When I asked them again to give me my licence back so I could be on my way, they asked me to go to the police station. On arrival they gestured me towards a cell at which point I ran into the guy who seemed to be head of the station. Fortunately for me, the officer in charge was a reasonable man, and after I explained what had happened he let me go. As I left I thanked him for his help. He shook his head gesturing towards his subordinates outside. “I’m not being helpful, it’s just the law.” Close shave I thought to myself as I drove to the airport.

The Freetown-Conakry route is not a particularly well-travelled one, and the plane was a mere 7-seater. Still, it’ll do the job I thought to myself. But just as we were about to descend into Freetown the pilot turned to us (easy to do in a plane no bigger than my living room) and said we’d be denied permission to land. So it was back to Conakry for the not so merry little band. It turns out they were “doing some work on the runway.” We sat around in Conakry for about 2 hours, being told periodically that everything was fine and that we would leave “in ten minutes.” After about 2 hours we were finally on our way.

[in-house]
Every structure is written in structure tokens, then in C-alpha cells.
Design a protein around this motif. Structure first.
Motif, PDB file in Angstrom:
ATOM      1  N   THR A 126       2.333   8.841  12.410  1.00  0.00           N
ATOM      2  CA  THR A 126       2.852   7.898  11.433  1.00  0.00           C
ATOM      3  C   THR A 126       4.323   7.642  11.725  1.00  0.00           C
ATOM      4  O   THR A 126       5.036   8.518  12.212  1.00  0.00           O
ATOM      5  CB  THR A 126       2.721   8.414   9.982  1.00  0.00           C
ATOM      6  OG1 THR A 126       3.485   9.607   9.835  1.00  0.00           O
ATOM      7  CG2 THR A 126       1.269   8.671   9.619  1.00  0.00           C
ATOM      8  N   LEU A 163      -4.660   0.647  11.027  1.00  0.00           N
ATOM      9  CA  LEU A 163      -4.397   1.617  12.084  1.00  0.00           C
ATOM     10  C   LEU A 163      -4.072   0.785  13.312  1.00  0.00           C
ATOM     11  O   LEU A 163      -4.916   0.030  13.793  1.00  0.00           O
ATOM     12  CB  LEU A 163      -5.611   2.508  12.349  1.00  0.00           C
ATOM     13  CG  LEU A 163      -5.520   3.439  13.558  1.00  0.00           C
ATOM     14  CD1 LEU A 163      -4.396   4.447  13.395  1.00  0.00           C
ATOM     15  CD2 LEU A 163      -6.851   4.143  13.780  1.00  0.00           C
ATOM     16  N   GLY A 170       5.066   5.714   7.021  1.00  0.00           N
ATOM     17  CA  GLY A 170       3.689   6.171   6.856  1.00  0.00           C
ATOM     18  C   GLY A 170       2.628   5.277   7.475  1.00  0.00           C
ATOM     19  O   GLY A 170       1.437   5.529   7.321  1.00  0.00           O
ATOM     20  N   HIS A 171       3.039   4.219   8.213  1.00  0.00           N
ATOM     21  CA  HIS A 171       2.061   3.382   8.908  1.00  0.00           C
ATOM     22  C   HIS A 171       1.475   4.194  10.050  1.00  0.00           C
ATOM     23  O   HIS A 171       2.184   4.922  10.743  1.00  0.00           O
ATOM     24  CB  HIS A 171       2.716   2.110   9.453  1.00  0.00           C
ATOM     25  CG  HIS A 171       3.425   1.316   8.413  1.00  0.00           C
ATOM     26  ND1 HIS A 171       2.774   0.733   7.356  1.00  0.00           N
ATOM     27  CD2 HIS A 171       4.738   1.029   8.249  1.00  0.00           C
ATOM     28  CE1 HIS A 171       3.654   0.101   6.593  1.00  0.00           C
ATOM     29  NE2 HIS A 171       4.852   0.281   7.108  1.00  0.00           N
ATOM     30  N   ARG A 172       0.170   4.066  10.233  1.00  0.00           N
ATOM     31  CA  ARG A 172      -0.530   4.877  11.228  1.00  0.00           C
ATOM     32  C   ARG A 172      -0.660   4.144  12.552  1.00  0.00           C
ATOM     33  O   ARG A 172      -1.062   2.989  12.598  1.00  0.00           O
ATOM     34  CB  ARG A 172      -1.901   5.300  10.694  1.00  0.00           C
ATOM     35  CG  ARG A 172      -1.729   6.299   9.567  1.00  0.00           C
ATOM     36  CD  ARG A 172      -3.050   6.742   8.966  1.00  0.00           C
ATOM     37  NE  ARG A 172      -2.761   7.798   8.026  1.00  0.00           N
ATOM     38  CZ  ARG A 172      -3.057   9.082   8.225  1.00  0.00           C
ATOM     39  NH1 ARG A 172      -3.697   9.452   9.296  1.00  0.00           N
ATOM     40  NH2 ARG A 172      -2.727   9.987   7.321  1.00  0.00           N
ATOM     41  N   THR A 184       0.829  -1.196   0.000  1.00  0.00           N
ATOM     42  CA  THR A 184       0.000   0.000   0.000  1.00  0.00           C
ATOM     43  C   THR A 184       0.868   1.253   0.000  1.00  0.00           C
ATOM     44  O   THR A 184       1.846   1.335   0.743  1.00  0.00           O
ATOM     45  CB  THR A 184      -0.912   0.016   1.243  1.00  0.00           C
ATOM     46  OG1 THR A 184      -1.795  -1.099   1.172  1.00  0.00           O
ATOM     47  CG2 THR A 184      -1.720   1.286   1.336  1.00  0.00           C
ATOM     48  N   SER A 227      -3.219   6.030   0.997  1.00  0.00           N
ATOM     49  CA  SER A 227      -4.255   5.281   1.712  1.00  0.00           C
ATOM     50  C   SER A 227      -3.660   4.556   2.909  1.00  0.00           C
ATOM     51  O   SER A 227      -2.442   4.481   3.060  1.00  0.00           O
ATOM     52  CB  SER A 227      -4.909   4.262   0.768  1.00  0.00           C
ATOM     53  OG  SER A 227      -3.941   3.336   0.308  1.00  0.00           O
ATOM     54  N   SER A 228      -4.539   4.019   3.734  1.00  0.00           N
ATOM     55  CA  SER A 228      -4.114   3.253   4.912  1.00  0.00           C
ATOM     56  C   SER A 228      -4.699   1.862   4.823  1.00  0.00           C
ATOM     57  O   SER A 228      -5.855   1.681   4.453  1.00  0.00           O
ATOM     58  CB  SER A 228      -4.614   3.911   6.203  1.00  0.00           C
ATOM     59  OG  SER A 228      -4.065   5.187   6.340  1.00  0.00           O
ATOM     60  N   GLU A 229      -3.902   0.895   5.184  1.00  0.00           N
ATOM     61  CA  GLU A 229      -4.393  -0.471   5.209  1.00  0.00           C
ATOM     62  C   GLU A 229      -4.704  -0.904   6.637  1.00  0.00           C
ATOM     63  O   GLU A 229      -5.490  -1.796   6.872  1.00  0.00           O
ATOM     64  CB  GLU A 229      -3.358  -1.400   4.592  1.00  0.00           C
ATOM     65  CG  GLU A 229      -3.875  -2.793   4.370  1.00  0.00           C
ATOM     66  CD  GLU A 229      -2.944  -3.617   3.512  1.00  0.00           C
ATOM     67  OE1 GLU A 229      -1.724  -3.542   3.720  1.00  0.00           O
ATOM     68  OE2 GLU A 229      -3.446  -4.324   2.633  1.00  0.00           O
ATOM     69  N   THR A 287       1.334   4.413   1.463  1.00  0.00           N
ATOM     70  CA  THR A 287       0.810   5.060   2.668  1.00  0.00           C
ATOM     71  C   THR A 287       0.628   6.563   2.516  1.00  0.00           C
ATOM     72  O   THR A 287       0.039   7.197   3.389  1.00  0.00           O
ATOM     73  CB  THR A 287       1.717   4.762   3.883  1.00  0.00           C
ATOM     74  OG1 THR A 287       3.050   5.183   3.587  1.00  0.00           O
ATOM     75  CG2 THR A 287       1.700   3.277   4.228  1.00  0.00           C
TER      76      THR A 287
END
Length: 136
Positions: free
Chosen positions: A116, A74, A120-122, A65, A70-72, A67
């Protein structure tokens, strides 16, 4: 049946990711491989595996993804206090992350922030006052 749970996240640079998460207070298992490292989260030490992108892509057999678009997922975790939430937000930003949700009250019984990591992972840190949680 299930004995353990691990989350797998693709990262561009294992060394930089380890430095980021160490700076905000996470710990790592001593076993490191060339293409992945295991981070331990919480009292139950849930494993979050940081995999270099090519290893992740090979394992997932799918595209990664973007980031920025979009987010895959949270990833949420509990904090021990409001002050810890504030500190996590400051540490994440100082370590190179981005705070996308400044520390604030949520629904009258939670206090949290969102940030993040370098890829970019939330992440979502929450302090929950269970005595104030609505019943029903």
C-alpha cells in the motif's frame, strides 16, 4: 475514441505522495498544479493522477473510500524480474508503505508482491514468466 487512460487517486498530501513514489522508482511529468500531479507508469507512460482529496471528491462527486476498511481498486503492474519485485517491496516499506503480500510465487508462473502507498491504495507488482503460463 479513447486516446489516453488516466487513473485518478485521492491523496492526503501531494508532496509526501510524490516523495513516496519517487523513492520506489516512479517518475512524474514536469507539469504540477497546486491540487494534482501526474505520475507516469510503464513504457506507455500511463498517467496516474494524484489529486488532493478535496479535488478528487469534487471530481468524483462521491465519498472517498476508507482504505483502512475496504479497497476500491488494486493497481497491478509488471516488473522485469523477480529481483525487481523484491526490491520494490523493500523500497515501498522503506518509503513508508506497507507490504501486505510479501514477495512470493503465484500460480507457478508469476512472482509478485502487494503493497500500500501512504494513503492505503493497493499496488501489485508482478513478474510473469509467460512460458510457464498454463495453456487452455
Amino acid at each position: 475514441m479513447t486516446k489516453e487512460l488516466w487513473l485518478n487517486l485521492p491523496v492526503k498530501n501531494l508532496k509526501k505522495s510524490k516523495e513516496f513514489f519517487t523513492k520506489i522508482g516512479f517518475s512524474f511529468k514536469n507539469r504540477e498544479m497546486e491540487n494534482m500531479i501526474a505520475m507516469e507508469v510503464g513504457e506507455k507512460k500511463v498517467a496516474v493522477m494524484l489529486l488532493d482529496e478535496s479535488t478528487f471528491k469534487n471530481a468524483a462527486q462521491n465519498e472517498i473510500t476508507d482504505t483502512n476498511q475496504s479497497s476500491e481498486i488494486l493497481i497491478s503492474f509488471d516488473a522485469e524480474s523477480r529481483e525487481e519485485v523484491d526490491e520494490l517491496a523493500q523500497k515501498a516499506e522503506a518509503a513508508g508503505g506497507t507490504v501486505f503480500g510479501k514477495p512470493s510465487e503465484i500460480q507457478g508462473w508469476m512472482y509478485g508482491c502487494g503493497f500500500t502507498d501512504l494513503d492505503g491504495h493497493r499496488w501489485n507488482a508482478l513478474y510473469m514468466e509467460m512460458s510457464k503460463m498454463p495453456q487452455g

However frustrating this was for me, it was nothing compared to the ordeal of one of my flying companions. He had been due to fly on Friday, and had been shifted first to Sunday, then Monday, and finally Tuesday!

Next time I go to Guinea I think I’ll walk, and I’ll leave my camera at home.



Krapp’s Last tape by jc2010sl
April 6, 2011, 3:29 pm
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After 3 days on the Ile de Rhoume I headed back to Conakry on the islanders’ little pirogue ready to fly to Sierra Leone. On the way to the airport I decided to give the travel agent a call to make sure all was in order. Just as well I did, as it turns out the flight was postponed until the next day. “Change of plan,” I said to the driver “To the Jardin de Guinea” – a little hotel where I’d had dinner the week before. Unfortunately all the rooms were taken, but the barman said he knew of another spot nearby – perfect.

The driver claimed to know the way, but I wasn’t convinced. “I know the way,” said a woman outside, “I work there.” Likely story, I thought, she probably just wants a lift across town, but fair enough, and it’s no skin off my nose in any case. We climbed into the taxi, and she said again “I work at the hotel”, “Yes, yes,” I said “I heard”. “Je suis une masseuse, vous avais compris?” Yes, I thought to myself, I have understood both what you said, and what you mean…